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Ken DupuyRailroad Celebration

by Kenneth A. Dupuy

 

Finally, commemoration of Abbeville's railroad connection with the rest of the world took place on December 15, 1892. And what a momentous occasion it was!  A committee composed of Drs. W. D. White and W. G. Kibbe, and Mr. J. Henry Putnam arranged for the front of the depot to be decorated, and, I think, quite uniquely. The decorations consisted of cane, cotton and rice "in their natural state," as well as "festoons of Spanish Moss." Inside the depot there was an exhibit of the products of the parish.

This celebration was such a momentous occasion that the stores and offices closed at 2:30 p.m.—stores generally closed at 7 p.m. Many citizens went to the depot to await the special train that was due to arrive at 3 p.m. Picture the scene. First of all, much of the land south of the depot was undeveloped. There were no rice mills. The Abbeville Rice Mill Co. wasn't built until 1900.  Two years later, the Planters' Rice Mill was built. Looking to the west, there was no railroad bridge—Abbeville was the end of the line until 1902. The railroad wharf and the elevator to unload the steamboats were under construction.

To the east there was no road on the south side of the tracks from the depot to State Street. Gus Godchaux promised to build this road, in September 1893, if someone would build a sidewalk. On the north side of the tracks, the Masonic cemetery stood silently and somberly, while across Main Street from the cemetery a two-story "club house," in the process of being constructed, promised gaiety and distractions.

Let's return to the celebration. Horses, buggies, wagons and other horse-drawn vehicles are tied to posts, hitching posts, trees, etc. Some of the crowd are sitting in these vehicles, while others are standing around in the dirt and the dust. Occasionally, some of the gentlemen glance at their pocket watches, some of these men affecting a grand importance to this act. They look around, especially eastward, waiting to hear or to see the train that will be the switch that starts the celebration. Some of the boys chase one another through the crowd, stirring up dust and ire. A few adolescents are painfully aware of the opposite gender, but because of customs they are unable to go over and talk to one another.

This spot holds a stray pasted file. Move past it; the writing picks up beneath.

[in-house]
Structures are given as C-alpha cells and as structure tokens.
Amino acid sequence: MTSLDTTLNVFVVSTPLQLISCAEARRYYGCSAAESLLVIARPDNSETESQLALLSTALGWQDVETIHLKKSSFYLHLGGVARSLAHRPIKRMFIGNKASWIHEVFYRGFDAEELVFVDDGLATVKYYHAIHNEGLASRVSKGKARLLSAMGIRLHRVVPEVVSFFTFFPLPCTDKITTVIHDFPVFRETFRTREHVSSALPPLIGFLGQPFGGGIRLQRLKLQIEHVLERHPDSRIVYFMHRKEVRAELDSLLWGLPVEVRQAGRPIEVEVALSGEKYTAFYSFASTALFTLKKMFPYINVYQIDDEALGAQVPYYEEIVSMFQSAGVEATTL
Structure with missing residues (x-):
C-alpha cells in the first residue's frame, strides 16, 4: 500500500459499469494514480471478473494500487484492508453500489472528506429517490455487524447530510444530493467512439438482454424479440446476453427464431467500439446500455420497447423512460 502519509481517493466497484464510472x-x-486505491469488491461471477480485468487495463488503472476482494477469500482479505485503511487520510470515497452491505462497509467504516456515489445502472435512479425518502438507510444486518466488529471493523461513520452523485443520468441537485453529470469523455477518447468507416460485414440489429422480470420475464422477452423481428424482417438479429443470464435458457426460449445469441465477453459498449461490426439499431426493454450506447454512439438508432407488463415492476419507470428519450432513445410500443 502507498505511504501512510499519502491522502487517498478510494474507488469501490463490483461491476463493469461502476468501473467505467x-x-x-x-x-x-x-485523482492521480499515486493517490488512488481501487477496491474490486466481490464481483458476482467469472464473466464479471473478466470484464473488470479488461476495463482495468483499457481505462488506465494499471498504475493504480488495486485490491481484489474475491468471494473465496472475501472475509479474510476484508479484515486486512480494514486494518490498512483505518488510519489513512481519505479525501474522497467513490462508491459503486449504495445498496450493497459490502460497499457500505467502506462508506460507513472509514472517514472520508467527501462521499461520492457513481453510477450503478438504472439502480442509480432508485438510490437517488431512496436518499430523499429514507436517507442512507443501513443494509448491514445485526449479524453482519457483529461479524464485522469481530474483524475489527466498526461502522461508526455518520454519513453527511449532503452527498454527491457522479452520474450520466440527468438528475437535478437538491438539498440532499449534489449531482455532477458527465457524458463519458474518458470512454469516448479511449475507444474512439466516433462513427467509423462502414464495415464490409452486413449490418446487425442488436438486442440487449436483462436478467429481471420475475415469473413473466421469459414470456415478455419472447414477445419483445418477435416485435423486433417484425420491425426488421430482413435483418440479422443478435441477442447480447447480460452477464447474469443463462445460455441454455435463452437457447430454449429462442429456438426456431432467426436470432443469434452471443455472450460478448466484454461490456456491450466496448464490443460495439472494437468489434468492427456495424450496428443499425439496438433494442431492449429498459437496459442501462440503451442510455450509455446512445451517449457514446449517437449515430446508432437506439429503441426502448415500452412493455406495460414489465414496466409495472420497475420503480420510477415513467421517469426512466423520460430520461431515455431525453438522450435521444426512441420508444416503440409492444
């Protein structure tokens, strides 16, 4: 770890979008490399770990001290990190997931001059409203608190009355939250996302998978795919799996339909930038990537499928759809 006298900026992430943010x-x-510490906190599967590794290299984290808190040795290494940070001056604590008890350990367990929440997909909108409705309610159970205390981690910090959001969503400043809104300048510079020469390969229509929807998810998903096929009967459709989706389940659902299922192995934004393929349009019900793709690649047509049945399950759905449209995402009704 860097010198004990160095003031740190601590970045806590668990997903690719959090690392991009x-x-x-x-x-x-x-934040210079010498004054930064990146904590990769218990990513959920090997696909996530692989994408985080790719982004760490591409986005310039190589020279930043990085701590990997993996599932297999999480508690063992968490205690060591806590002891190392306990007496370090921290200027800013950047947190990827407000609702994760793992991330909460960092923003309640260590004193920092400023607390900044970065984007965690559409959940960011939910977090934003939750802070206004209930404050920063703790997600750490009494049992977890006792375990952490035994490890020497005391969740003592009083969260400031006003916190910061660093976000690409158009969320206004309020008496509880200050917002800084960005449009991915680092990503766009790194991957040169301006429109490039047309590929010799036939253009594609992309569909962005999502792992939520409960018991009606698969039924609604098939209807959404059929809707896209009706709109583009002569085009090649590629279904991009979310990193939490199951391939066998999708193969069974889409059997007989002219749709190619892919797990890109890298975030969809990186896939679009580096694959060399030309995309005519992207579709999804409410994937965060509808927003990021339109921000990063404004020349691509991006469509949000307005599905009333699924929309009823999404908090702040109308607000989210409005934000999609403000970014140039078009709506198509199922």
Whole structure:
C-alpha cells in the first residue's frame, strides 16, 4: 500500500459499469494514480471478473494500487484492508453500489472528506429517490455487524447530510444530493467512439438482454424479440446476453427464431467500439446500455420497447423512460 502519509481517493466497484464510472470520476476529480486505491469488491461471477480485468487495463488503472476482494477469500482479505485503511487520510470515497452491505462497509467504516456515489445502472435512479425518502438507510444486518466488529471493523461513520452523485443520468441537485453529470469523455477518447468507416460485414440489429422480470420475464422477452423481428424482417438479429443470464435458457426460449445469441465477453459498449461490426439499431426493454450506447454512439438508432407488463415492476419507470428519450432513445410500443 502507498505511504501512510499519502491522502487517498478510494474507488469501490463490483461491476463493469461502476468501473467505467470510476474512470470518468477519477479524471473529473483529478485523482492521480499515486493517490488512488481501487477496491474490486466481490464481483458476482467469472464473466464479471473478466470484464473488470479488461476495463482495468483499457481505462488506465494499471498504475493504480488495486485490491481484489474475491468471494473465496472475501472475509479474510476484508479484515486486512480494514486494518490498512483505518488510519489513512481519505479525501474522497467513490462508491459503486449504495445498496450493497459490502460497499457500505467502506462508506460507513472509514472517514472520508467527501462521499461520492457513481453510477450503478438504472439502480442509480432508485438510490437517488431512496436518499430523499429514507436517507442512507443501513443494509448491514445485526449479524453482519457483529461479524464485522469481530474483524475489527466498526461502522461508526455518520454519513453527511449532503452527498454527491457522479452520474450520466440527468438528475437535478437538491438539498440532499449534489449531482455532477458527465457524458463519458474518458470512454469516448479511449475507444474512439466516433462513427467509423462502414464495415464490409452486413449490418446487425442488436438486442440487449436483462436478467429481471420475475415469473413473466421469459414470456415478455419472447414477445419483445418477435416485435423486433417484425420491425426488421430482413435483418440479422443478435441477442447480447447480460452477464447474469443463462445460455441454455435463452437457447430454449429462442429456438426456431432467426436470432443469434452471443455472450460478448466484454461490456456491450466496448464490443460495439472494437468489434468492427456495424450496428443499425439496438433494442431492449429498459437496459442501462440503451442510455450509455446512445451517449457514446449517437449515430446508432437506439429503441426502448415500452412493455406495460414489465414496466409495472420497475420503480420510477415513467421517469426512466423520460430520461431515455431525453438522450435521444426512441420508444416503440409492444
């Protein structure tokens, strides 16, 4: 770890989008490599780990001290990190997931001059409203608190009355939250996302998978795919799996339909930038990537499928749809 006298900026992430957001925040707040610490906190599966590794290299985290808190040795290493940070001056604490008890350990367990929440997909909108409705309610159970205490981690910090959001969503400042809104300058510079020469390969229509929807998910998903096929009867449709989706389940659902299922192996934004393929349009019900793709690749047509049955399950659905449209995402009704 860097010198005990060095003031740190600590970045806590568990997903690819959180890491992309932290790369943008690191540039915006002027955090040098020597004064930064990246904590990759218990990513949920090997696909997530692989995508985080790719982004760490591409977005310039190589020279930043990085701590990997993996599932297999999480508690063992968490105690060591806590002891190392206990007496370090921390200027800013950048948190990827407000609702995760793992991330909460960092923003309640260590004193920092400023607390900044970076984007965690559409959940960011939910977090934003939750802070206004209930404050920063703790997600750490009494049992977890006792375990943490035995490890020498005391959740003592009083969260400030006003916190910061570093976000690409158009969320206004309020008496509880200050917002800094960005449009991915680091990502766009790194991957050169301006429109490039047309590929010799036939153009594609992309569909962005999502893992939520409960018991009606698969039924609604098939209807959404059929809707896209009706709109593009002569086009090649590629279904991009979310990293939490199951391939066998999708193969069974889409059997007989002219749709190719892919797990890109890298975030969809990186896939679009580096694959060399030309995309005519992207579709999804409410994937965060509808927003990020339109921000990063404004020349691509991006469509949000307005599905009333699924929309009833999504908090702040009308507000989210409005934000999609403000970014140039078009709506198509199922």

The wait for the train is unexpectedly long as the train doesn't arrive until 4:45 p.m. This delay causes the few butterflies in some of the speakers' stomachs to multiply into swarms and to cause even more anxiety. At last the whistle sounds and causes all heads to turn eastward. The distractible find other things to consider, perhaps the temperature, the others in the throng, tasks or chores that must be done once this hoopla is all over, etc.

The train finally comes in, hissing steam and screeching as the brakes are applied. For some in the crowd, this noise is too loud and unexpected, and they are slightly overwhelmed. It takes a few minutes for them to regain their composure. There is the train! It is made up of "two sleepers..." and a coach, and naturally the awe-inspiring locomotive. Once the train has come to a noisy stop, the reception committee boards it and escorts the dignitaries to the depot's platform.  Included in the group of VIPs are Julius Kruttschnitt, the president of the Iberia & Vermilion R.R. (I&V R.R.), and general manager of the Southern Pacific R.R., and Mayor Koch of New Iberia.  Mr. Kruttschnitt is introduced to Mr. J. Henry Putnam, chairman of the "Citizens Railroad Committee."

Naturally several speeches are delivered, including an "elaborate" one by Mr. Putnam.  The final speaker has difficulty keeping the crowd's attention, because by now some pistols are being fired into the air and whistles are being blown, all in jubilation on this exceptional occasion.

Following the speeches, the officials and the press are shown the exhibits and are then transported by slow-moving, horse-drawn vehicles to the Masonic Lodge on State Street.  This is the building that had served as our courthouse from 1885 to 1891. In the lower hall a banquet is served. Several toasts are made by Judges Allen and Debaillon, and by Messrs. Putnam, W. A. White, Mayor Koch and others. I wonder about the sobriety of some of these gentlemen after so many toasts.

Meanwhile, back at the depot, some of the boys and men have lingered on, so that they can admire and inspect the powerful locomotive more thoroughly. The females who have accompanied these males must bide their time until the males have satisfied their curiosity about the train.

by Ken Dupuy


[Read also the reports from the Abbeville Meridional about the long struggle to bring the railroad to Abbeville, and Ken Dupuy's imaginary ride on the train from Abbeville to New Iberia.]